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Changing the default http port to another one.

  1. May 28, 2006 #1
    I set up a server a while ago (I'm not very experienced in that kind of stuff). I have a router, and I forwarded ssh, smtp, and pop connections to the server, however my router provides an access to the settings through http, ( and I'd like to change default http port (80) to 9999 or any others except for 80 so that the http is forwarded to my server. Right now, whenever I try to access my server, by domain, I get to the router which I don't want to be there. Any ideas how I can do that?

  2. jcsd
  3. May 28, 2006 #2


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    Some routers (e.g. Netgear) allow you to change the port number for remote management, as well as restrict access to a certain set of IP addresses.

    You could also do this...
    turn off remote management. Then use (say) vnc or remote desktop (possibly via ssh) to access your computer and do the management locally. However, this may not work as well since your connection may drop if you need to reboot the router.
  4. May 29, 2006 #3


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    There's a couple of things to keep in mind. I'm assuming you have a configuration similar to the following:
    . WAN IP (given by yur ISP)
    . LAN IP

    . LAN IP

    Most routers have HTTP based administration on port 80, as you mentioned, but usually only from the LAN side (WAN side administration has to be specificaly enabled, and it is usually over a custom port, like 8080). If you set your router to forward port 80 to your server then:
    . should take you to your server
    . should take you to the router's HTTP based administration
    (Notice that port forwarding forwards requests on the specified ports from the WAN side only)
    It's OK to have the router's HTTP based administration on port 80 from the LAN side, this should not cause any problems with your website. Also, forwarding port 80 won't make the router's HTTP based administration unavailable. So forward port 80 to your server, once you have that, then:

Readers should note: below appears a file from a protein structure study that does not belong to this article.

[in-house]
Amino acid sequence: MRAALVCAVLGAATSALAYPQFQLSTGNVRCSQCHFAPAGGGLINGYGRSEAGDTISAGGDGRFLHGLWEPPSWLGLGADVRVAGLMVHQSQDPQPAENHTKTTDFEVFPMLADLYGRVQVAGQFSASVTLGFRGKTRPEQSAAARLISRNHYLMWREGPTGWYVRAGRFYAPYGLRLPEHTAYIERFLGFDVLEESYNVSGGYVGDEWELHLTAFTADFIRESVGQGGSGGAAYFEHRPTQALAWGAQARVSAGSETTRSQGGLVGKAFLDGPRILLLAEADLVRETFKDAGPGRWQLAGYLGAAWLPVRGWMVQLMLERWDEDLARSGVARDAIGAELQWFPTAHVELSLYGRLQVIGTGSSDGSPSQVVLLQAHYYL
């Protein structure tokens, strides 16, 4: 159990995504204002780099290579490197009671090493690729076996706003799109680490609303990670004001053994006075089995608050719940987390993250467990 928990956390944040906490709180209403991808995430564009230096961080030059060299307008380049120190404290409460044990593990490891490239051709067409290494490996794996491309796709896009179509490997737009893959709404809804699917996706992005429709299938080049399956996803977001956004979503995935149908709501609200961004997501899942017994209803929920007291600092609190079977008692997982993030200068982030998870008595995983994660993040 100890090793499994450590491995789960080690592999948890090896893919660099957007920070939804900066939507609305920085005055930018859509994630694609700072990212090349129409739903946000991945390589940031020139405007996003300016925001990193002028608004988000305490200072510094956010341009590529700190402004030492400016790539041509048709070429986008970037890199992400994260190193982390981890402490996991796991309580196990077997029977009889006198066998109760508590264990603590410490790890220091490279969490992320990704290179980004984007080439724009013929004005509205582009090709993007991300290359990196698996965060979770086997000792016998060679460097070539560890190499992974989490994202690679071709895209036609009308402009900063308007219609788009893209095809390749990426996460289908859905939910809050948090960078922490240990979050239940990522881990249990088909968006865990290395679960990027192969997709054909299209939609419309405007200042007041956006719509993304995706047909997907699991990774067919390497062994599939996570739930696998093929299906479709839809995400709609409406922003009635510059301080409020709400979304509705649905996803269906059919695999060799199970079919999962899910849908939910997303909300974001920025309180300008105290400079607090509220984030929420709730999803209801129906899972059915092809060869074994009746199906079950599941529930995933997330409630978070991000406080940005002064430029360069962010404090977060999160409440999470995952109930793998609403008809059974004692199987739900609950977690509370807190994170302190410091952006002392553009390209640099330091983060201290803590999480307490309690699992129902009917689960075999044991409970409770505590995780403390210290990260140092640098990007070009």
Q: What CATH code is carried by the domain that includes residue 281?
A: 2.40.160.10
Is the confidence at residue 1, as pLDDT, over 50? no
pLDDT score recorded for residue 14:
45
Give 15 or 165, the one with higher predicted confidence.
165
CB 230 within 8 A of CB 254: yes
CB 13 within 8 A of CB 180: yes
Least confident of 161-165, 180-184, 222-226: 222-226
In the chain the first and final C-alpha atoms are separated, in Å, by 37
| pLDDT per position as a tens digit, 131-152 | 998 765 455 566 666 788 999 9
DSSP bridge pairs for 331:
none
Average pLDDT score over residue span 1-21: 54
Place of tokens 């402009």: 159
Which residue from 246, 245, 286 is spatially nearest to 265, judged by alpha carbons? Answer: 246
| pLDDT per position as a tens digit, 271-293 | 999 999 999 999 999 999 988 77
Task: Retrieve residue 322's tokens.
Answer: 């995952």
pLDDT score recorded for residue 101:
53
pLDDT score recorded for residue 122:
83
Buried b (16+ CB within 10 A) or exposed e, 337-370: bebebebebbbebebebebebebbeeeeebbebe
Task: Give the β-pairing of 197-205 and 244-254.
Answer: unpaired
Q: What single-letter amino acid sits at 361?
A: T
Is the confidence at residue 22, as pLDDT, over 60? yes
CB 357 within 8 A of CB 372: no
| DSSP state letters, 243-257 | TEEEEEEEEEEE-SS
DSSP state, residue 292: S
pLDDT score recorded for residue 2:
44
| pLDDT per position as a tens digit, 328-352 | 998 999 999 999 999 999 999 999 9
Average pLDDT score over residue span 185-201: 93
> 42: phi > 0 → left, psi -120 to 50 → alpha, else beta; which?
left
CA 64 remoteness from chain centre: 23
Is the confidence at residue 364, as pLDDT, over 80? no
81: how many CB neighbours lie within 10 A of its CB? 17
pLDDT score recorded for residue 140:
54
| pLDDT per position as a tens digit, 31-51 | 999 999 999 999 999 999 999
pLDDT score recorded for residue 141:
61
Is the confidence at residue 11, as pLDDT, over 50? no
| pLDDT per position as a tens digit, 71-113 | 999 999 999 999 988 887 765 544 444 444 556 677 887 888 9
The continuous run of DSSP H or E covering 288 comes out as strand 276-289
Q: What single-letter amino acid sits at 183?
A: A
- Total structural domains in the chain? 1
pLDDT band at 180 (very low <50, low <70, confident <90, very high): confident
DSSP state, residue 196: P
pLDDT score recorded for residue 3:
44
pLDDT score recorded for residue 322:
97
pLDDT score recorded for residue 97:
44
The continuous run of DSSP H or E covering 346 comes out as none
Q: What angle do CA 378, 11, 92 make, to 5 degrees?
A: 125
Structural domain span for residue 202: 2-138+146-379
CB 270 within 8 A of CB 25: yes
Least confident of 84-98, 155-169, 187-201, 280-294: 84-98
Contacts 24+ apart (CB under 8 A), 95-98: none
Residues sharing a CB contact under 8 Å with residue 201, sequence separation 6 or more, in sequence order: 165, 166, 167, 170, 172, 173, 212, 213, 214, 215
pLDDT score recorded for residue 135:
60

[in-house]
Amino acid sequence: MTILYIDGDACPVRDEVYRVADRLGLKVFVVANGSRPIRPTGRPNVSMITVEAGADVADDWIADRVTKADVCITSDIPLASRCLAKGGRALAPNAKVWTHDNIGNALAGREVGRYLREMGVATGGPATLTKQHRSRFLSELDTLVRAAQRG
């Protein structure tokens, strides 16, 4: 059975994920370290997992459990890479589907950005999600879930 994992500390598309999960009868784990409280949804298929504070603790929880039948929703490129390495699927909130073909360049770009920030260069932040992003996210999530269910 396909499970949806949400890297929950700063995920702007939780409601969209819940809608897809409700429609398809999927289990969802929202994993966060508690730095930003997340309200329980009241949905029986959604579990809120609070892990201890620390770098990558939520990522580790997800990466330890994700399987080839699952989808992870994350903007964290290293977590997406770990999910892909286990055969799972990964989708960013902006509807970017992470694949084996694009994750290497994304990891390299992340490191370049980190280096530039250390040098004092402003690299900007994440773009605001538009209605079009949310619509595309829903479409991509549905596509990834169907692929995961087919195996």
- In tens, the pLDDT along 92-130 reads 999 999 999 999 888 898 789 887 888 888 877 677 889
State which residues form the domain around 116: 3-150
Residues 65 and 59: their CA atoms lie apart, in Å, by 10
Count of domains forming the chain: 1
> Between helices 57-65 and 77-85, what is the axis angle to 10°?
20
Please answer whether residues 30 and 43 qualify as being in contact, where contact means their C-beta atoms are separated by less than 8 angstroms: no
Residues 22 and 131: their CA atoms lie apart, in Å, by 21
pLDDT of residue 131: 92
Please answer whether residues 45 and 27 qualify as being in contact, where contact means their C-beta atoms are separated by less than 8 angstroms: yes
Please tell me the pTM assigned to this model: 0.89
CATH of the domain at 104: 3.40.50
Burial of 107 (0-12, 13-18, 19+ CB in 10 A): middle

. will take you to your website
    . will take you to your website
    . http://localhost will take you to your website
    . will take you to your router's HTTP based administration
    . will take you to your router's HTTP based administration (if you enable remote administration through port 8080).

    You can also easily have your web server listening on some port other than 80, like 6969 and have your router forward WAN requests on port 80 to your server on port 6969.
    Last edited: May 29, 2006
  5. Jun 4, 2006 #4
    I tried this method above, but it ain't working. Although my router is set up not to allow remote administration, I still can access to it through my domain, from far, far away. Maybe the best thing would be to make apache listen onto another port, since my website is just for me and practice, and leave router at 80. It'd rather be more convenient for me to make my server listening to for example 666. But then again, how can I make apache listen to another port?
    Thanks Job
  6. Jun 4, 2006 #5


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    To configure Apache to listen on a given port you have to edit the configuration file, i think it's httpd.config. You need to use the appropriate directive, here's some help:

    What kind of router do you have? Sounds like a strange router.
  7. Jun 4, 2006 #6
    hmm it's quite weird. I wrote into httpd.conf Listen 668, but when I try to restart apache, I get:
    (98)Address already in use: make_sock: could not bind to address
    no listening sockets available, shutting down

    any ideas Job?

    Thanks again,
  8. Jun 8, 2006 #7


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    Sounds like something else is using the port, or you didn't specify a valid interface address. I'm actually more of an IIS kind of guy. :smile:
  9. Jun 8, 2006 #8


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    No, what you want is the "Port" directive. (Gee, what an obscure name! :eek: ) Your httpd.conf almost certainly contains "Port 80" already. Just change the 80 to whatever new port you want and restart the server. Don't forget to tack the port number onto the host name or IP in the URL.

    According to the Apache docs, you use the "Listen" directive when you want the server to listen to more than one port simultaneously, for example when you're running different virtual hosts on different ports.

    Also, it's not a good idea to use a port below 1024, because those are often reserved by the operating system for other uses. Try something like 8080 or 8100 or 8000.
    Last edited: Jun 8, 2006
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